As Henning reviews the Absolute OpenBSD manuscript, he’s pointed out items that I’ve missed. Some of these are only documented in man pages, while others don’t seem to really be documented anywhere except in the source code. Here’s an interesting tidbit he pointed out that I haven’t seen anywhere other than Henning’s email. (Having said this in public, I’ll now find all sorts of examples that I missed, such as Henning’s slides from EuroBSDcon 2010.)
You can log specific connections to separate log devices, for simpler debugging. You need the log rule near the beginning of your ruleset, but it doesn’t have an effect on whether a packet is passed or blocked, or how it’s translated. Here’s a pf.conf line to tell PF to watch for connections from 192.0.2.226 to 203.0.113.34.
match log (matches) from 192.0.2.226 to 203.0.113.34
Now watch the log interface, searching for the destination address:
# tcpdump -n -e -ttt -i pflog0 ip host 203.0.113.34
tcpdump: WARNING: snaplen raised from 116 to 160
tcpdump: listening on pflog0, link-type PFLOG
Dec 17 17:40:25.071592 rule 2/(match) block out on fxp0: 192.0.2.226.14033 > 203.0.113.34.822: S 2830367545:2830367545(0) win 16384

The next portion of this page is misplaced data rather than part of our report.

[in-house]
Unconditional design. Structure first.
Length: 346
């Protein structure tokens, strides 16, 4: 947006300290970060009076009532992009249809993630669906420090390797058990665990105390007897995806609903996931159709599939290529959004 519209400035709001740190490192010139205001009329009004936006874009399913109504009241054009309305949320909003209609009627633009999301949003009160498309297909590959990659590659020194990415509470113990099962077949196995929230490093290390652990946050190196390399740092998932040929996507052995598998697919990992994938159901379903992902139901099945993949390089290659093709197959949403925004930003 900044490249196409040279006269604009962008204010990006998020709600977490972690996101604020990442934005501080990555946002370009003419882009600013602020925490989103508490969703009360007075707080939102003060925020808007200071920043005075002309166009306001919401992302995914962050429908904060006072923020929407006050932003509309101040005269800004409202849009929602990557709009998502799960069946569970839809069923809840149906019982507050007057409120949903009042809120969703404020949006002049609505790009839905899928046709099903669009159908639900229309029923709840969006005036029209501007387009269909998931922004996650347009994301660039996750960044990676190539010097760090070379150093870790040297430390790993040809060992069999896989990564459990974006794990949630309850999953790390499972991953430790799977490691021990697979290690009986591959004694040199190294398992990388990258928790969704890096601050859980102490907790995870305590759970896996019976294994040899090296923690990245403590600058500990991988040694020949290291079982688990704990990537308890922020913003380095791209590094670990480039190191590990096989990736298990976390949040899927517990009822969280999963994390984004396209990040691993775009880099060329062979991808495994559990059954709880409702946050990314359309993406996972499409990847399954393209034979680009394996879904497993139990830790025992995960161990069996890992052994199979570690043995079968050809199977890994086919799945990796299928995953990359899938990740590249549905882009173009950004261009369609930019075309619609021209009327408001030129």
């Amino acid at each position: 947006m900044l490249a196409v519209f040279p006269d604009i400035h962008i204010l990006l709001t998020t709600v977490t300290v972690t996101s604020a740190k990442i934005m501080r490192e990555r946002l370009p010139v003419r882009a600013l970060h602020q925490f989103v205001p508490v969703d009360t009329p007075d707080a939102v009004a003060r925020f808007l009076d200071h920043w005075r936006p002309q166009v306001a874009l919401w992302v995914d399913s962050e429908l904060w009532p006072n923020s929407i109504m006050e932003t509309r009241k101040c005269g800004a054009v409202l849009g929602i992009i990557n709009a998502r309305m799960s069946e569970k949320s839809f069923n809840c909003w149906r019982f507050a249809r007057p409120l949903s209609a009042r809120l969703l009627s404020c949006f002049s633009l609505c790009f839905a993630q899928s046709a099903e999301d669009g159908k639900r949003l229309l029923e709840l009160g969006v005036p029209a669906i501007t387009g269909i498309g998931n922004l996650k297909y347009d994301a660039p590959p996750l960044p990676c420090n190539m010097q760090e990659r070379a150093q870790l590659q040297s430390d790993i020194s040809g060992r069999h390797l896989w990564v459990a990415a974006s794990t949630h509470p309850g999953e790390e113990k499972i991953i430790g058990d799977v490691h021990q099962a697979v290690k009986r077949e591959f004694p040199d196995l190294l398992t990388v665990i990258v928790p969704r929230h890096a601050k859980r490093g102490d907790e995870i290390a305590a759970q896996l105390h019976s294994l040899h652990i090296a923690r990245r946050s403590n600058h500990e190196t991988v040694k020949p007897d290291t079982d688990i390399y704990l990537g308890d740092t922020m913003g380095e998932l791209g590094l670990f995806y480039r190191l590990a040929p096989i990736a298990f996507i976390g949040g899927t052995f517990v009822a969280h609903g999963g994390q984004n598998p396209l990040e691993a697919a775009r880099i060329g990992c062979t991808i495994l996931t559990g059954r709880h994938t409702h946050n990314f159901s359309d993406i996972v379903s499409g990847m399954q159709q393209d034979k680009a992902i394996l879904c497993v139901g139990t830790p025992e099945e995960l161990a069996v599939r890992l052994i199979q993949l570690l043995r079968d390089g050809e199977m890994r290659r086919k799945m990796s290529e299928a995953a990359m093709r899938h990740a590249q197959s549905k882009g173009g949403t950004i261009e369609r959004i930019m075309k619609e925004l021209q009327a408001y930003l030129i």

Dec 17 17:40:25.071600 rule 5/(match) pass out on fxp0: 192.0.2.226.14033 > 203.0.113.34.822: S 2830367545:2830367545(0) win 16384
Dec 17 17:40:25.071604 rule 5/(match) pass out on fxp0: 192.0.2.226.14033 > 203.0.113.34.822: S 2830367545:2830367545(0) win 16384
You get the number of every rule that matches the packet. If you use NAT, it prints original and destination addresses. With my wussy PF rules, this isn’t terribly exciting. With more complicated rules, however, it makes debugging rulesets much easier.
This is the sort of useful information you’ll get if you preorder the new Absolute OpenBSD. (See how I subtly slipped that in? I’m getting good at this marketing stuff.)Stalk me on social media